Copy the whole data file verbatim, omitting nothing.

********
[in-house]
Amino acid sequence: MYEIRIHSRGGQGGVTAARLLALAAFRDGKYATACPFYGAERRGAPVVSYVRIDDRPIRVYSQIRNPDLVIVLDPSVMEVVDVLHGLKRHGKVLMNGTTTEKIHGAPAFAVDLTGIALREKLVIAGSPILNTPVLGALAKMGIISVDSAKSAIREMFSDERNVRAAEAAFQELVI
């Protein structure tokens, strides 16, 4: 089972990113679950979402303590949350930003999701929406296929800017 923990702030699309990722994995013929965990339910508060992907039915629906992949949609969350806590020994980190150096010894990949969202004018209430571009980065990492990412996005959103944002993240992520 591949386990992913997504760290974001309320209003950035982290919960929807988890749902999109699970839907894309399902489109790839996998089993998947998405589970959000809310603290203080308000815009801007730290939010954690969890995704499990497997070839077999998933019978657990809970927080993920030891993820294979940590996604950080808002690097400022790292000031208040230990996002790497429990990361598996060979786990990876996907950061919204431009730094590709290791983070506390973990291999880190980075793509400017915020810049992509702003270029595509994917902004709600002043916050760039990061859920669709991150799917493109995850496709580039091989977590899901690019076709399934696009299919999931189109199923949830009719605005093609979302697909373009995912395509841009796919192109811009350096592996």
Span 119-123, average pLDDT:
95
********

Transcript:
[in-house]
Amino acid sequence: MYEIRIHSRGGQGGVTAARLLALAAFRDGKYATACPFYGAERRGAPVVSYVRIDDRPIRVYSQIRNPDLVIVLDPSVMEVVDVLHGLKRHGKVLMNGTTTEKIHGAPAFAVDLTGIALREKLVIAGSPILNTPVLGALAKMGIISVDSAKSAIREMFSDERNVRAAEAAFQELVI
């Protein structure tokens, strides 16, 4: 089972990113679950979402303590949350930003999701929406296929800017 923990702030699309990722994995013929965990339910508060992907039915629906992949949609969350806590020994980190150096010894990949969202004018209430571009980065990492990412996005959103944002993240992520 591949386990992913997504760290974001309320209003950035982290919960929807988890749902999109699970839907894309399902489109790839996998089993998947998405589970959000809310603290203080308000815009801007730290939010954690969890995704499990497997070839077999998933019978657990809970927080993920030891993820294979940590996604950080808002690097400022790292000031208040230990996002790497429990990361598996060979786990990876996907950061919204431009730094590709290791983070506390973990291999880190980075793509400017915020810049992509702003270029595509994917902004709600002043916050760039990061859920669709991150799917493109995850496709580039091989977590899901690019076709399934696009299919999931189109199923949830009719605005093609979302697909373009995912395509841009796919192109811009350096592996």
Span 119-123, average pLDDT:
95